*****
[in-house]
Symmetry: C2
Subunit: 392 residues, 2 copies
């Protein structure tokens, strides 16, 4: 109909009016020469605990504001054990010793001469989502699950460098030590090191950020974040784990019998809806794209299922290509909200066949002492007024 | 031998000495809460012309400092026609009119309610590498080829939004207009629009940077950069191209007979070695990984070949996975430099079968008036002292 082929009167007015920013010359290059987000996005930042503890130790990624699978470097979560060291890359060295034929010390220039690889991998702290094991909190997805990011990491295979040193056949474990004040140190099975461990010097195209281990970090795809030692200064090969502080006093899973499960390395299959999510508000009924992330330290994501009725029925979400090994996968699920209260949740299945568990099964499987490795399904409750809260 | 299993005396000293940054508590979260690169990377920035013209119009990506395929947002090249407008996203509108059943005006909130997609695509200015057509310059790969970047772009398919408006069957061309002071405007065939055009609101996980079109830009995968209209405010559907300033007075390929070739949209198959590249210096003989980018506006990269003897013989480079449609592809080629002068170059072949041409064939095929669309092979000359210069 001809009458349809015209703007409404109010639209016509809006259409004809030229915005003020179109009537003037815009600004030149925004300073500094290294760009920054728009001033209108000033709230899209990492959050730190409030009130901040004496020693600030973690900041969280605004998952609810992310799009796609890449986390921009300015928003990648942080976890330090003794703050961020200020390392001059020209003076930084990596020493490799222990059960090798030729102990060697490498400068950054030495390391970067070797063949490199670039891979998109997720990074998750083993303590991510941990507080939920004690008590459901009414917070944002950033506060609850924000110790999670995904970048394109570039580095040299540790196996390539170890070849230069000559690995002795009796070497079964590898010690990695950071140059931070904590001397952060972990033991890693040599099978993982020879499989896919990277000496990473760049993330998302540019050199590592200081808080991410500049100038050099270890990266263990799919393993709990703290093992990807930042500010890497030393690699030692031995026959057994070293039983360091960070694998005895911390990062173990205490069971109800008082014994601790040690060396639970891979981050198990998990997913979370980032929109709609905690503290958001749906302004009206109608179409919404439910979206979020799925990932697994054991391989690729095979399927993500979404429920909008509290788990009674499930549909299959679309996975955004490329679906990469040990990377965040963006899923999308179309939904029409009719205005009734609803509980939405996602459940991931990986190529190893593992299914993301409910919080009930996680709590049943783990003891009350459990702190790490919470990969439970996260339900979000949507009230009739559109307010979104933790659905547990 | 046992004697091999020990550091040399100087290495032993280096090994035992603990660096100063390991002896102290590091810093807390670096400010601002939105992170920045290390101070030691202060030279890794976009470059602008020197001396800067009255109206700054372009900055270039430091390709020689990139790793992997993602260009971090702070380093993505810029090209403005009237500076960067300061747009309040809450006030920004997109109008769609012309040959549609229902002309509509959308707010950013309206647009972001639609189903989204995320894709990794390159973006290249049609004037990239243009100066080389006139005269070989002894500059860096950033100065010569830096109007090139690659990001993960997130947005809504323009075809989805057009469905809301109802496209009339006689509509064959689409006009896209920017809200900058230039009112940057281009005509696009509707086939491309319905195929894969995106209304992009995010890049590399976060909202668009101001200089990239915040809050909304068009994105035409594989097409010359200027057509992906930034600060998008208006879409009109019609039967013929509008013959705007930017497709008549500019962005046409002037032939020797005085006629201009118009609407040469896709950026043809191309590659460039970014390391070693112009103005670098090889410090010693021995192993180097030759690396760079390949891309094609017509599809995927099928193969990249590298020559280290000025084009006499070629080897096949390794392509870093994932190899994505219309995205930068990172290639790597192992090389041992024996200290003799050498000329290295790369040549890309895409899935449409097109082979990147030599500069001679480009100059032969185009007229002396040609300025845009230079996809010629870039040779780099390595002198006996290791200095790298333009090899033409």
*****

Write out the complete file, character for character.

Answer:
[in-house]
Symmetry: C2
Subunit: 392 residues, 2 copies
């Protein structure tokens, strides 16, 4: 109909009016020469605990504001054990010793001469989502699950460098030590090191950020974040784990019998809806794209299922290509909200066949002492007024 | 031998000495809460012309400092026609009119309610590498080829939004207009629009940077950069191209007979070695990984070949996975430099079968008036002292 082929009167007015920013010359290059987000996005930042503890130790990624699978470097979560060291890359060295034929010390220039690889991998702290094991909190997805990011990491295979040193056949474990004040140190099975461990010097195209281990970090795809030692200064090969502080006093899973499960390395299959999510508000009924992330330290994501009725029925979400090994996968699920209260949740299945568990099964499987490795399904409750809260 | 299993005396000293940054508590979260690169990377920035013209119009990506395929947002090249407008996203509108059943005006909130997609695509200015057509310059790969970047772009398919408006069957061309002071405007065939055009609101996980079109830009995968209209405010559907300033007075390929070739949209198959590249210096003989980018506006990269003897013989480079449609592809080629002068170059072949041409064939095929669309092979000359210069 001809009458349809015209703007409404109010639209016509809006259409004809030229915005003020179109009537003037815009600004030149925004300073500094290294760009920054728009001033209108000033709230899209990492959050730190409030009130901040004496020693600030973690900041969280605004998952609810992310799009796609890449986390921009300015928003990648942080976890330090003794703050961020200020390392001059020209003076930084990596020493490799222990059960090798030729102990060697490498400068950054030495390391970067070797063949490199670039891979998109997720990074998750083993303590991510941990507080939920004690008590459901009414917070944002950033506060609850924000110790999670995904970048394109570039580095040299540790196996390539170890070849230069000559690995002795009796070497079964590898010690990695950071140059931070904590001397952060972990033991890693040599099978993982020879499989896919990277000496990473760049993330998302540019050199590592200081808080991410500049100038050099270890990266263990799919393993709990703290093992990807930042500010890497030393690699030692031995026959057994070293039983360091960070694998005895911390990062173990205490069971109800008082014994601790040690060396639970891979981050198990998990997913979370980032929109709609905690503290958001749906302004009206109608179409919404439910979206979020799925990932697994054991391989690729095979399927993500979404429920909008509290788990009674499930549909299959679309996975955004490329679906990469040990990377965040963006899923999308179309939904029409009719205005009734609803509980939405996602459940991931990986190529190893593992299914993301409910919080009930996680709590049943783990003891009350459990702190790490919470990969439970996260339900979000949507009230009739559109307010979104933790659905547990 | 046992004697091999020990550091040399100087290495032993280096090994035992603990660096100063390991002896102290590091810093807390670096400010601002939105992170920045290390101070030691202060030279890794976009470059602008020197001396800067009255109206700054372009900055270039430091390709020689990139790793992997993602260009971090702070380093993505810029090209403005009237500076960067300061747009309040809450006030920004997109109008769609012309040959549609229902002309509509959308707010950013309206647009972001639609189903989204995320894709990794390159973006290249049609004037990239243009100066080389006139005269070989002894500059860096950033100065010569830096109007090139690659990001993960997130947005809504323009075809989805057009469905809301109802496209009339006689509509064959689409006009896209920017809200900058230039009112940057281009005509696009509707086939491309319905195929894969995106209304992009995010890049590399976060909202668009101001200089990239915040809050909304068009994105035409594989097409010359200027057509992906930034600060998008208006879409009109019609039967013929509008013959705007930017497709008549500019962005046409002037032939020797005085006629201009118009609407040469896709950026043809191309590659460039970014390391070693112009103005670098090889410090010693021995192993180097030759690396760079390949891309094609017509599809995927099928193969990249590298020559280290000025084009006499070629080897096949390794392509870093994932190899994505219309995205930068990172290639790597192992090389041992024996200290003799050498000329290295790369040549890309895409899935449409097109082979990147030599500069001679480009100059032969185009007229002396040609300025845009230079996809010629870039040779780099390595002198006996290791200095790298333009090899033409």